- Cheryl Strenk, Wife & Mother
|Publisher:||Dog Ear Publishing|
|Product dimensions:||6.69(w) x 9.61(h) x 1.06(d)|
Most Helpful Customer Reviews
The BEST depiction of the WAR as I saw it! I was stationed at the same location as Dusty! I can see and taste the War to some extent as he did! Our experiences are Unique and in Quality , Quantity personally to each of us and us alone
This is a great book that tells the life of a Combat Infantryman from the jungles of Vietnam to over 50 years of fighting with the V.A. The book was released before the presant V.A. scandal and shows the human side of the story.A great read for someone who wants to see the real story our soldiers have to put up with trying to get the help they need and not the media distortions. Highly recomended read . Gary Kay
I have only just started to read this book but being a combat infantryman (67-68) with the 199th Light Infantry this book is a no nonsense no frills book about what really happened in country. It does not cover only what the media wanted you to know, a must read for all C.I.B. recipients.
I just want to thank “Dusty” Trimmer, Author, for having the courage, taking the time, and putting in words what so many of our combat troops were not able to even talk about during and after return from Vietnam. The struggle for recovery of our Vietnam Combat Veterans is a daily battle; PTSD, physical ailments, isolation, and the battle continues today. His story echoes the thoughts, experiences, and feelings of so many war veterans. His enlightening and vivid description of what he experienced during Vietnam will surely help many Vietnam Veterans realize one strong result, “it is alright to talk about Vietnam.” This book is a “must read” for all war veterans, as well as every individual in America. It is a true picture, a mind and eye opening view of what our Combat Troops experienced in Vietnam, and reveals a disturbing attitude of America, and what these men faced during their return home to America. Ed Fontaine, ADJ2, U.S. Navy Vietnam Veteran ’65-‘66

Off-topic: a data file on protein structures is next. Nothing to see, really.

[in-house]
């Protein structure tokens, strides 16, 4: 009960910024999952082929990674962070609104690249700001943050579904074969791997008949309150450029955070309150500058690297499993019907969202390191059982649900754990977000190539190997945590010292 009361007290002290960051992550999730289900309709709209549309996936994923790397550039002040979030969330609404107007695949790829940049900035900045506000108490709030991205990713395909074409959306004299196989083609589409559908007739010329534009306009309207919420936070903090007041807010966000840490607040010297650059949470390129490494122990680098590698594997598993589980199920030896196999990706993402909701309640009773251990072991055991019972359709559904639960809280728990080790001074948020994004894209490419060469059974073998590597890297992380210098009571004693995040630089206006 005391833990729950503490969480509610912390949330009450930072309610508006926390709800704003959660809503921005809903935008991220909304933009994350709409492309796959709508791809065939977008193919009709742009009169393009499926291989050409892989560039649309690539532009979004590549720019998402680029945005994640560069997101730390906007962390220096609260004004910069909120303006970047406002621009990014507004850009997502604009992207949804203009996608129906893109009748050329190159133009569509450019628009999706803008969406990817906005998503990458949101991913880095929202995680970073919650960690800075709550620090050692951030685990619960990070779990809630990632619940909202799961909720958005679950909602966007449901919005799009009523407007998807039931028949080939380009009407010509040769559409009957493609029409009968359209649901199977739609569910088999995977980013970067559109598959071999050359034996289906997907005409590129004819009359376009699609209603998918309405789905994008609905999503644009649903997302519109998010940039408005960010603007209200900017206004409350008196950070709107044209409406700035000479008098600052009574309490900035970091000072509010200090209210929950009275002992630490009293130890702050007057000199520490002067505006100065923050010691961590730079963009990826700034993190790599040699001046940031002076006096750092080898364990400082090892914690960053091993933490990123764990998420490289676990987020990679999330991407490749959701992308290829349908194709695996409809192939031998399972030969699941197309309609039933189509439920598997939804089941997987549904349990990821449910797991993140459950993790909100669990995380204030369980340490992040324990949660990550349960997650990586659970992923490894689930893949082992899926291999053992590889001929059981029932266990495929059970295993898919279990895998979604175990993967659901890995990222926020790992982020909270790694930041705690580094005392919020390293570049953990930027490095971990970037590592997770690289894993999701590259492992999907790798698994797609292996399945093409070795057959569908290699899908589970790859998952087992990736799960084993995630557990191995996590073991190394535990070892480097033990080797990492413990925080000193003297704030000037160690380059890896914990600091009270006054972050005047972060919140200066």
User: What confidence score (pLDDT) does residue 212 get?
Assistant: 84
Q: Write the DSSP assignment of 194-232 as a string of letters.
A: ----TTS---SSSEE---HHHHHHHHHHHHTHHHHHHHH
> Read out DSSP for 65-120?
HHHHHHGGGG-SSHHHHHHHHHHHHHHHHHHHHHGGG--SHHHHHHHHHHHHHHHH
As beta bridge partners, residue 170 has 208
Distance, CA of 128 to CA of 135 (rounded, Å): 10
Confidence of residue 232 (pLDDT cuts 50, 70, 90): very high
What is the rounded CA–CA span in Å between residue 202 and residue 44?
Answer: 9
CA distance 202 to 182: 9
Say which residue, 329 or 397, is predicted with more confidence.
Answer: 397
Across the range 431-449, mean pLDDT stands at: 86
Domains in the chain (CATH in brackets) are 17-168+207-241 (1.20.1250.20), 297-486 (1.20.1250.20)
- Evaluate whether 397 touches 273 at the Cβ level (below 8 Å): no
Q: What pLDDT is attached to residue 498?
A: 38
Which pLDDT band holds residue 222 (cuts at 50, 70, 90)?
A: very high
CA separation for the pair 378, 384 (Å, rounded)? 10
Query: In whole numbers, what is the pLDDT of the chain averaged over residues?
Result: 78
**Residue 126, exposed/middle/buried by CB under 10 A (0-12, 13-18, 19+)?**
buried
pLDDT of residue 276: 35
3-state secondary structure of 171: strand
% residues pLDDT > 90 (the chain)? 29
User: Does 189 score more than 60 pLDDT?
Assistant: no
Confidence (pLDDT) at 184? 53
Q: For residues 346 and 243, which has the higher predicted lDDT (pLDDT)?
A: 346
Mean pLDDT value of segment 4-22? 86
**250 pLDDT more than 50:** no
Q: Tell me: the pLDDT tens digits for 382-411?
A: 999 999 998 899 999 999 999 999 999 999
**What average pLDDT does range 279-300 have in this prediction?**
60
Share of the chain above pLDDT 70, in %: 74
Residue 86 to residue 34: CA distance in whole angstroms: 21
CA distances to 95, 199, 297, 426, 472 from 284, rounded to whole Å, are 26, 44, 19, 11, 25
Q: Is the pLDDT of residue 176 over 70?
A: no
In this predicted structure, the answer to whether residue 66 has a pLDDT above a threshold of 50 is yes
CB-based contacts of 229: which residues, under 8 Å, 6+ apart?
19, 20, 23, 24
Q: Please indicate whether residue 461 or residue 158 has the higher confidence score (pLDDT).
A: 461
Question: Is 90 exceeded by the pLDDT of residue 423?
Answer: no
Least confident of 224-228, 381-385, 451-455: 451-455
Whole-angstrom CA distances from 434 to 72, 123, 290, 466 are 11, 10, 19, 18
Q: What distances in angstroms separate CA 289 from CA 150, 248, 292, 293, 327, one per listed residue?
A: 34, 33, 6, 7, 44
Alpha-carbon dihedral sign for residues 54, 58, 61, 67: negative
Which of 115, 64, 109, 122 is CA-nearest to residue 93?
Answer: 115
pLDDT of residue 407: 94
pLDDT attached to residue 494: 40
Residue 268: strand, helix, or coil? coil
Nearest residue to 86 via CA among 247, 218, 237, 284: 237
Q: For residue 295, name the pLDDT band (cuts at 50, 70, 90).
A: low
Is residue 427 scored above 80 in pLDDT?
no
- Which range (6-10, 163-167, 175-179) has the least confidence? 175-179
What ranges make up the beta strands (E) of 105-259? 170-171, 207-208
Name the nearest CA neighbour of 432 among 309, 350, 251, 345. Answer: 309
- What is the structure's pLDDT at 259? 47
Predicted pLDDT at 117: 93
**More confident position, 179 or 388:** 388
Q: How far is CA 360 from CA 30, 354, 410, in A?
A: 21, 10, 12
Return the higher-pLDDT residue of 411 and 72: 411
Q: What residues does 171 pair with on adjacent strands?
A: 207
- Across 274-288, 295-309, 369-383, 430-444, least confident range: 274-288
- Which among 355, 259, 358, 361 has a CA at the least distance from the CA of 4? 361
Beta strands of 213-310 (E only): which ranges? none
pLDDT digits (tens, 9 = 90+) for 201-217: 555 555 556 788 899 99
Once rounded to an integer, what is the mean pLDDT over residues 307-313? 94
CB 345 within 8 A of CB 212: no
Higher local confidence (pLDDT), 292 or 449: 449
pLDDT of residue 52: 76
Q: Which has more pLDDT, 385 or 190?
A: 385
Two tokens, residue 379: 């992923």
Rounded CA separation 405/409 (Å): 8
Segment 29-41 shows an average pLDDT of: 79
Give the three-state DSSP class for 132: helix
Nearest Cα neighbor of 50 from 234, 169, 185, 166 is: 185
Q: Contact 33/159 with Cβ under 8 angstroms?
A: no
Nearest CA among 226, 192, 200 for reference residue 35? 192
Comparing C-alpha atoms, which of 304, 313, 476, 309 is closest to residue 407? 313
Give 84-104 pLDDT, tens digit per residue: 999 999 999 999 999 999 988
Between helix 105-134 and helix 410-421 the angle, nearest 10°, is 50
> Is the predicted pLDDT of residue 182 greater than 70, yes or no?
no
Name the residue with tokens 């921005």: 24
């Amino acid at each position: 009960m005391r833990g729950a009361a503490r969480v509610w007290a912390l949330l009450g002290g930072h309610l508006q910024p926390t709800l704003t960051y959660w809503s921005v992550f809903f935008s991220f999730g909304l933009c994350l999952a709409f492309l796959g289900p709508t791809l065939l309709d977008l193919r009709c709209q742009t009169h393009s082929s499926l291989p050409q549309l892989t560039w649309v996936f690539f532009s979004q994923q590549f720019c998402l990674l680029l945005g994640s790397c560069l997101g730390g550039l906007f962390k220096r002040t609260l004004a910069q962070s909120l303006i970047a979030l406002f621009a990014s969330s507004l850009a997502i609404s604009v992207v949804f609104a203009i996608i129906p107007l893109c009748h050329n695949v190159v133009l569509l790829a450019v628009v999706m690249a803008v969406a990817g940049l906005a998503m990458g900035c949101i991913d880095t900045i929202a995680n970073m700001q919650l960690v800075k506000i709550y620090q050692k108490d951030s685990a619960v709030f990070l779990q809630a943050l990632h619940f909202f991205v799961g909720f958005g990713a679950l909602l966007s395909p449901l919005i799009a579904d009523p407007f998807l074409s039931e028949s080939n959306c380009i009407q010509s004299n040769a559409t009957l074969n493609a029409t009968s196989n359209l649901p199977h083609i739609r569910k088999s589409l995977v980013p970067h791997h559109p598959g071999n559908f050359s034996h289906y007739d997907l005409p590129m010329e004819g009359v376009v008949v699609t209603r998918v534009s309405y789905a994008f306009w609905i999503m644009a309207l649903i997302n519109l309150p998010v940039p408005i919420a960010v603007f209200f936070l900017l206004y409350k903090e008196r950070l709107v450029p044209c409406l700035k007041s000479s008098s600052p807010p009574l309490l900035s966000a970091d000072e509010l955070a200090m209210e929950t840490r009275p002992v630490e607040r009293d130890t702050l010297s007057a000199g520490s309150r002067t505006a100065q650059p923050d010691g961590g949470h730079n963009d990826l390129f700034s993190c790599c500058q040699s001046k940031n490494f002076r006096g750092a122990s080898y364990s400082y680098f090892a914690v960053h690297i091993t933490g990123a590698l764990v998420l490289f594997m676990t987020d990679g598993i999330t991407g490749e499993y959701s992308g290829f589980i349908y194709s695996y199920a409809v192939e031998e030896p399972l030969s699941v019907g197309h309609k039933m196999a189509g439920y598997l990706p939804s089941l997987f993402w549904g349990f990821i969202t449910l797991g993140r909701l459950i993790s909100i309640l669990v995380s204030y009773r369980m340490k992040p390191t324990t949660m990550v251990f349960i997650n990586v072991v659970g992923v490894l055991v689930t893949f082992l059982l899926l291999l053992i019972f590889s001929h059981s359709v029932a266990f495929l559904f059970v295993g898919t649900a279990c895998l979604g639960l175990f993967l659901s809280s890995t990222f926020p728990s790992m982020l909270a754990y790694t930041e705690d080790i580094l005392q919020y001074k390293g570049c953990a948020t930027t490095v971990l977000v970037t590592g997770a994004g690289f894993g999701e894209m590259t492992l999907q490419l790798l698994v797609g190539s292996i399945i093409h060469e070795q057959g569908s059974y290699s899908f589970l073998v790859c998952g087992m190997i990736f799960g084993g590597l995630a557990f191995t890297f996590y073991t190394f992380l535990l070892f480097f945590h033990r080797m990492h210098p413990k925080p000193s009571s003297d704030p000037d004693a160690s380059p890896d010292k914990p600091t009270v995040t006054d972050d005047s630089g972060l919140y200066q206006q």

This is an extremely well written, truthful book about the war in Nam. Some books sugarcoat or play politics in prose on what it was really like over there (especially as a combat soldier), but author Dusty Trimmer, a Bronze Star for Valor veteran, DOESN'T! I bought the book, couldn't put it down, and refer back to it from time to time (it is a coffee table kind of 'keeper' book).
A tale that represents the True Grit of our Vietnam Era.
I think that if you read just one book about the Vietnam War, that book should be Condemned Property?! The author writes truthfully and passionately about his experiences in that war, he also took the time and at his own expense, interviewed other veterans of Vietnam, compiling a well documented variety of true combat veterans experiences. But he takes it further by interspersing his life story, both before, during, and after being in Vietnam, in a way that his experiences can help other struggling veterans and also educate the public-in-general about its atrocities. Besides that, Condemned Property is written in a readable, non-pontificating format so that everyone that reads it can understand it. Respectfully submitted, Gary Ockunzzi, U.S. Navy Veteran.